I have been reviewing for Comic Crusaders for a year now, but before then I had never read an Archie comic in my life. No Jughead, Betty, or Veronica for me. I always thought is was some 1960’s kids comic about silly teen drama found in the cashier’s line at the grocery store, not to be taken seriously by any real comic book fan. Little did I know that the Archie Comics brand has been given a major face lift recently and the material is much less suited for a newspaper strip and deserving of praise from skeptics like me. Not only do we have the standard books revolving around the main four characters, but there are comics about Josie & the Pussycats, Sabrina the Teenage Witch, Kevin (who stands out as an open homosexual), and even horror titles set in Riverdale. Surely, the company is listening and responding to the demands of the consumer.
Now, the CW has a hit show based on Archie entitled “Riverdale”, naturally, and I have been watching it with my wife, who is a surprise fan. We love the CW though, so it should come as no surprise, but she has never shown interest in Archie until the show. With this in mind, Archie first put out a Riverdale One Shot (that I covered last month) and are debuting their ongoing Riverdale title at the end of March in hopes of drawing in fans of the show to a new way to indulge their love of the characters in a printed medium. They even include bonus material in the end of this issue to promote the show and ads for their other Archie comics. As a fan of both the show and the direction Archie Comics have taken, I thought I would be an excellent source of insight for new, casual, and long-time Archie fans. Keep in mind, this is Spoiler Free per the request of the publisher, so I will do my best to keep you in suspense.
This first issue is told in two parts. “Bloodsport” involves Archie joining the varsity football team as quarterback, taking Jason Blossom’s place for reasons I won’t discuss here. As part of his initiation, Archie and other new varsity members must endure “hell week” as initiation. Some of the tasks are trivial or embarrassing, but one may prove to much to handle for one or more initiates. Archie struggles to fill the shoes of Jason and gets extra scrutiny from the seniors who resent him. We don’t see much of Jughead in this, but it’s par for the course considering how little screen time he gets in the first couple episodes. The second story in this comic takes a page from the football team’s playbook, so to speak, by having Cheryl Blossom (Jason’s twin) abuse her power as cheer captain by putting Betty Cooper through a gauntlet of three tasks to break her and force her to quit the squad. There is a family rivalry between the two, so Cheryl does her best to embarrass, incriminate, and exhaust Betty’s mental fortitude. Luckily, Betty has a friend in Veronica who helps her along the way.
Roberto Aguirre-Sacasa was the first writer I ever regularly read in an ongoing, for his 2003 Nightcrawler solo series, so I am pleased that he is not only a regular writer for Archie properties (like the amazing horror spin-offs I mentioned), but also for the CW show. He did not script this comic, but is credited with plotting the stories. They feel like they fit right into the show, so this was a very smart move to keep him so involved as Chief Creative Officer. Will Ewing and Michael Grassi, the respective writers of both stories, are excellent in giving the characters voice and keeping the events relatable to the show. Archie and Betty do the narration of their stories, with Cheryl supplying the secondary (and arguably unnecessary) narrative in “Bring It On”. As for the art, Joe Eisma pencils both stories, accompanied by the coloring of Andre Szymanowicz. They do a great job, but I did not like how Joe draws tiny pupils when his characters are surprised. He does it twice and it’s just too different from the normal aesthetic to flow with the rest of his work.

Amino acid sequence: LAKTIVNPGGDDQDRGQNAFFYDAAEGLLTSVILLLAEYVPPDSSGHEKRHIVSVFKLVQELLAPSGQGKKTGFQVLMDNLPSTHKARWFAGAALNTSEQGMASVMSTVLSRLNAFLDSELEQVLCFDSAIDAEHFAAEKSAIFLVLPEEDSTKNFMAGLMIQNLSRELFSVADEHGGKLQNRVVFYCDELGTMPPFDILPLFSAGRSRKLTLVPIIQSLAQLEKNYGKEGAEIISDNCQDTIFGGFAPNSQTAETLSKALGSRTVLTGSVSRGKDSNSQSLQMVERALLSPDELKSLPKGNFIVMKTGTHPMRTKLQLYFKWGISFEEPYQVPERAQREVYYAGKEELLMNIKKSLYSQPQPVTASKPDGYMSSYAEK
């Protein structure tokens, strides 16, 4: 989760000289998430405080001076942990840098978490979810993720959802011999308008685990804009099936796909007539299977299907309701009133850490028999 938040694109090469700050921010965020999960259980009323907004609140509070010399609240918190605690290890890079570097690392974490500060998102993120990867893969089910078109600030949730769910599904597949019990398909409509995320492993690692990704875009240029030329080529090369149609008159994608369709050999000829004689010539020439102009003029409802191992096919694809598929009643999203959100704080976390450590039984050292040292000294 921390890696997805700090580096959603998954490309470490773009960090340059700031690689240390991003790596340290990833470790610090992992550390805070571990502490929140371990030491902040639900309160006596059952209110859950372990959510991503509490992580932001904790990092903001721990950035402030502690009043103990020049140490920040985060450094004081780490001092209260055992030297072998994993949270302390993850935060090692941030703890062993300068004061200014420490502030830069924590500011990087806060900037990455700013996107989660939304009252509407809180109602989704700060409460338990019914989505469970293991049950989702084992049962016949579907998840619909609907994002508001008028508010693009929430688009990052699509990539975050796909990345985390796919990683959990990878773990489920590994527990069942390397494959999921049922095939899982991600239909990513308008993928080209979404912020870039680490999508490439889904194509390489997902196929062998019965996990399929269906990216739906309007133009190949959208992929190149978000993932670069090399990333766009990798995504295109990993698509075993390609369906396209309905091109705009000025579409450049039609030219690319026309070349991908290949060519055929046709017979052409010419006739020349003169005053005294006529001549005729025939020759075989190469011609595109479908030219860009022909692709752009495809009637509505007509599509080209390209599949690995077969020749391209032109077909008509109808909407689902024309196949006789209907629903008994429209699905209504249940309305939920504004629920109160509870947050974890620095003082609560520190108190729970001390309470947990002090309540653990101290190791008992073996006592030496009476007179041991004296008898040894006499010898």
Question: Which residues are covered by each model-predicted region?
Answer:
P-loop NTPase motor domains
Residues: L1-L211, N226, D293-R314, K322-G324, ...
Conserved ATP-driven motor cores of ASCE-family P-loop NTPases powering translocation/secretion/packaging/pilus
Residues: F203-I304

Overall. I’m giving this 4 Stars all around, with a solid showing from all creators in presenting this supplemental material in an enjoyable and relevant manner. I wasn’t blown away by any aspect of it, but I had nothing to be disappointed in. If you do not watch the show, this comic will give spoilers to that, but if you don’t care they are still fun to read. If you do watch the show, this will only add to your appreciation of what Aguirre-Sacasa is doing for the brand. Also, I know this may be a bit of a tangent, but if Riverdale lasts a while, I’d LOVE to see them incorporate his Afterlife with Archie series somehow, blending in Sabrina and Josie’s involvement. It would be epic, I promise you. Anyway, back to the comic. I may not read this every month, but because it is designed as plot filler for the shows, I’m confident that I could pick up an issue after missing one or two and not feel at a loss (granted I’m also watching the show). So grab a booth at Pop’s, order a burger, and crack open the first issue of Riverdale (Ongoing) #1 when it comes out March 29th.
Solid debut, 4 out of 5 Stars
Script: Roberto Aguirre-Sacasa, Will Ewing, Michael Grassi
Art: Joe Eisma, Andre Szymanowicz, Janice Chiang, John Workman